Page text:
One of my more oppressed female colleagues described to me a recent meeting in which she and 4 male faculty met to discuss possible changes to a course that has long been taught in a particular way. She had some new ideas for the course, but all of her ideas were ignored or dismissed except when one senior faculty member stepped in to support her. Then her ideas were taken more seriously.
I and many others have written about this phenomenon at length -- that is, the mysterious power that men have to make a statement seem creative, reasonable, interesting, doable, when the same statement from a woman is ignored or squelched.
This latest example made me wonder whether the senior faculty member who acted as the female professor's advocate was sort of like a gender sensitivity 'training wheel' for the other men or whether they will never really hear what women are saying in meetings or other professional settings. That is, if a female professor has an advocate who supports her ideas again and again during committee meetings, will that committee eventually be able to listen, even when the training wheel is removed and the ideas are expressed by a higher pitched voice? Or will these men always need an oracular senior male to pronounce what is worthy of serious consideration?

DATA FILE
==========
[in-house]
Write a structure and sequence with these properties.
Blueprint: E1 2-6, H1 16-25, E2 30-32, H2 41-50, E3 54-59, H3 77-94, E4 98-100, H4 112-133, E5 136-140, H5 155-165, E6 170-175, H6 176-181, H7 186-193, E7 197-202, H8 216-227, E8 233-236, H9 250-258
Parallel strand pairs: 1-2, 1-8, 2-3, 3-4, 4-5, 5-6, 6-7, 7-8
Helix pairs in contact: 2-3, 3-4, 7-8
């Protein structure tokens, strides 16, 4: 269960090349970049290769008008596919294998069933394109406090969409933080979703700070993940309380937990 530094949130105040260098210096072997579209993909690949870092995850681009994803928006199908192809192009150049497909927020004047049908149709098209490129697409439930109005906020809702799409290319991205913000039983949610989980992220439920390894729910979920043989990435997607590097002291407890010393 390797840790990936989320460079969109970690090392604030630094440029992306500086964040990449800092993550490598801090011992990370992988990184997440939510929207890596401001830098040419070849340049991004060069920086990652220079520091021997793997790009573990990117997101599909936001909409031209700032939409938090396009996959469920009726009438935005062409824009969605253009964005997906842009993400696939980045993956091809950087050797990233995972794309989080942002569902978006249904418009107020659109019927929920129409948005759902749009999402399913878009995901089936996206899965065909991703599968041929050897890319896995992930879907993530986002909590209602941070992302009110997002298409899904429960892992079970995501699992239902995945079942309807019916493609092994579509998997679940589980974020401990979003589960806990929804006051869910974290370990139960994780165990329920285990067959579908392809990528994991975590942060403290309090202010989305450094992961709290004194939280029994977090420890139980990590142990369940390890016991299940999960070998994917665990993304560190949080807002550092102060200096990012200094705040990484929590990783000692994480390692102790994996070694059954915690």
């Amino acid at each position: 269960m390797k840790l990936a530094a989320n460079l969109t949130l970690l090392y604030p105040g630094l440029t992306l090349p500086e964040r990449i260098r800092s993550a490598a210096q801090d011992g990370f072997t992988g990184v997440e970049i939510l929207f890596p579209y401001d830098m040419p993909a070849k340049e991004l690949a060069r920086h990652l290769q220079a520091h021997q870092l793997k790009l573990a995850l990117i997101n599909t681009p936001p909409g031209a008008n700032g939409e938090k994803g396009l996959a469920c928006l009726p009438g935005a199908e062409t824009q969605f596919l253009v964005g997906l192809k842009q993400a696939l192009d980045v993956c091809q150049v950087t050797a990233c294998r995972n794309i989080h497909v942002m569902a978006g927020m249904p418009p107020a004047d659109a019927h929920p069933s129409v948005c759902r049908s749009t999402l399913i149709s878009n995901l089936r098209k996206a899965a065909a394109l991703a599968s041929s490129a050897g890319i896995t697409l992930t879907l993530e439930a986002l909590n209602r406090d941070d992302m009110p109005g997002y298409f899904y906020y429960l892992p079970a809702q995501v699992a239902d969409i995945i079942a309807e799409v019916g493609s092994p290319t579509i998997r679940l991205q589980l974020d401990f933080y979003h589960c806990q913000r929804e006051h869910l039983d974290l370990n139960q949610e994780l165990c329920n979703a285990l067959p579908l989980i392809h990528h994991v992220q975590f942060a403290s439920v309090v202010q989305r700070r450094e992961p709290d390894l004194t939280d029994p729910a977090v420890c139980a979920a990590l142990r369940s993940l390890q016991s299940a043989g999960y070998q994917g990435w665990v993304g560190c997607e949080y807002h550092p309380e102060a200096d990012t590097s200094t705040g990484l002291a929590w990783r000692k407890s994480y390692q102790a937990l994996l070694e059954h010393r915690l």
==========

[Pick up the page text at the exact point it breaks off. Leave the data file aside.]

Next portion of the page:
10 years ago